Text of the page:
Making Tiny Labels to Sew into Tiny Clothes


I make things.  Whether it’s a set of drapes for my family room (which, btw, I do not enjoy doing) or a very small dress, or a box to store stuff in, it’s what I do.  Sometimes it doesn’t make sense.  I admit that.  Sometimes it would be the wiser thing, the more cost effective thing, to just buy something already made.  But that would be easy…  I would be cheating myself of the experience of learning how to do something….I mean, why spend $25 to buy a set of custom made labels when I could spend two days and $30 doing it myself?  So that’s what I decided to do. I would make labels to sew into the tiny clothes I make…


Now lots of other, wiser, more clever people on the inter-webs have given brilliant, step by step instructions on how to make sew in labels.  Make a document with your words and design, flip it if you need to (my printer actually will do this for me….I had no idea…) and print it out on iron on transfer paper (by the way, I just used the paper you can use to make t-shirt transfers).  Here’s where I made a mistake.  I didn’t read the iron on directions.  The manufacturer says to WAIT 30 minutes to let the paper dry before proceeding to the next step.  It turns out that waiting is a good idea.  If your paper tells you to do that, do that.

After letting it dry, you can cut your labels apart in a way that would make it fast to iron on to the ribbon or material of choice.  Let me just say that I chose to use ribbon for my labels.  I actually tried using fabric and it was great.  The transfer seems to prevent the fabric from raveling when you cut it out.  I might make a batch of fabric labels some day.  Could be really cute…


Anyway, I used this 5/8″ wide ribbon by May Arts.  It has the feel of a cotton ribbon, but it is polyester.  It also comes in same awesome colors.  Yes, I did make some pink labels.  But I didn’t have the light pink color I really should have for this project….Might need to make another order…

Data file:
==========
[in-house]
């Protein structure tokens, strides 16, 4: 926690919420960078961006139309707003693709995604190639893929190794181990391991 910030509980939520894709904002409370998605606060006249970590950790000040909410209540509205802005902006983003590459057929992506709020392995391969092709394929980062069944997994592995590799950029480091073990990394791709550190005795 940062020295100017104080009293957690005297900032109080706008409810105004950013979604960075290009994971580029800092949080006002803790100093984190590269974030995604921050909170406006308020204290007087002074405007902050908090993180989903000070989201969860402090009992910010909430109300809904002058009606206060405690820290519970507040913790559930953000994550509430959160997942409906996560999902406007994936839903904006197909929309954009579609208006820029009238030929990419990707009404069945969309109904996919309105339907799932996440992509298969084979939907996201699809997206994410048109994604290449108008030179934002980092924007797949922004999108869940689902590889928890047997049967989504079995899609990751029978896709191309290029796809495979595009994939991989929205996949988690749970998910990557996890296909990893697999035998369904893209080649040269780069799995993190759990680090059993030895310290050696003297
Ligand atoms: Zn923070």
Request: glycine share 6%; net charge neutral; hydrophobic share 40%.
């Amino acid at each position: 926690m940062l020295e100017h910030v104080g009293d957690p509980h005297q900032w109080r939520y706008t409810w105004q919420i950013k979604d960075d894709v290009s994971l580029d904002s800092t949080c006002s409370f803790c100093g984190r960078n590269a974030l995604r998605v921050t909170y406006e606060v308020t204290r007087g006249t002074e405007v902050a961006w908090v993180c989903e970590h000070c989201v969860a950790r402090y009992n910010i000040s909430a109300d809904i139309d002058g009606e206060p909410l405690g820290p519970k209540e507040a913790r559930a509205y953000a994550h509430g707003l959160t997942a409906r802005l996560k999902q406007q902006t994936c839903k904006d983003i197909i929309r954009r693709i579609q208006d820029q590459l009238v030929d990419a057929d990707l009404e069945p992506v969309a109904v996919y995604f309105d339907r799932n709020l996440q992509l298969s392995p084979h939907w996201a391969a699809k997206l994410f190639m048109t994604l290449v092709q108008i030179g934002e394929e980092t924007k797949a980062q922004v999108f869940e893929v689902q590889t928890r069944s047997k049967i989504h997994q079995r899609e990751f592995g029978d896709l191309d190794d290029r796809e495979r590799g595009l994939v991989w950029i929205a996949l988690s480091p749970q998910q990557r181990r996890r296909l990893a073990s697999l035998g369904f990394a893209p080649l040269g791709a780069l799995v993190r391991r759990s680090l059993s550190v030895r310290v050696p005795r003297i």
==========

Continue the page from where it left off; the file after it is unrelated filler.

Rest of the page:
Here’s another example of things not going so well.  The transfer paper wasn’t adhering consistently to the material.  I had lots of thoughts about this.  Maybe I was using an iron that wasn’t hot enough.  Maybe it was too hot.  Maybe the iron transfers were at fault.  After reading and re-reading the actual directions and trying over and over again, I decided to buy new transfer paper.  Here’s an interesting thing, though.  When I went back to the ironing board, my iron wouldn’t work anymore.  It DIED.  It wouldn’t turn on!  Was it going crazy all along?  Was it over-heating and under-heating the whole time and causing this nightmare?  I’ve never heard of an iron just NOT working anymore, but that’s what happened.  So I borrowed my husband’s iron (yes, he has his own iron….former military guy who irons his own dress shirts better than anybody, thank you very much) and everything fell into place.  Labels perfectly adhered to ribbon!  Yay!


And this is what they look like, folded in half, and stitched into a tiny seam.


Here is the back side of the label.  A little heart.  Because everything is made with love.

Thank you for looking and if you end up making your own labels, have fun!  Or maybe it would be nice to find one of those nice shops on etsy that will make your labels for you at a very reasonable price!



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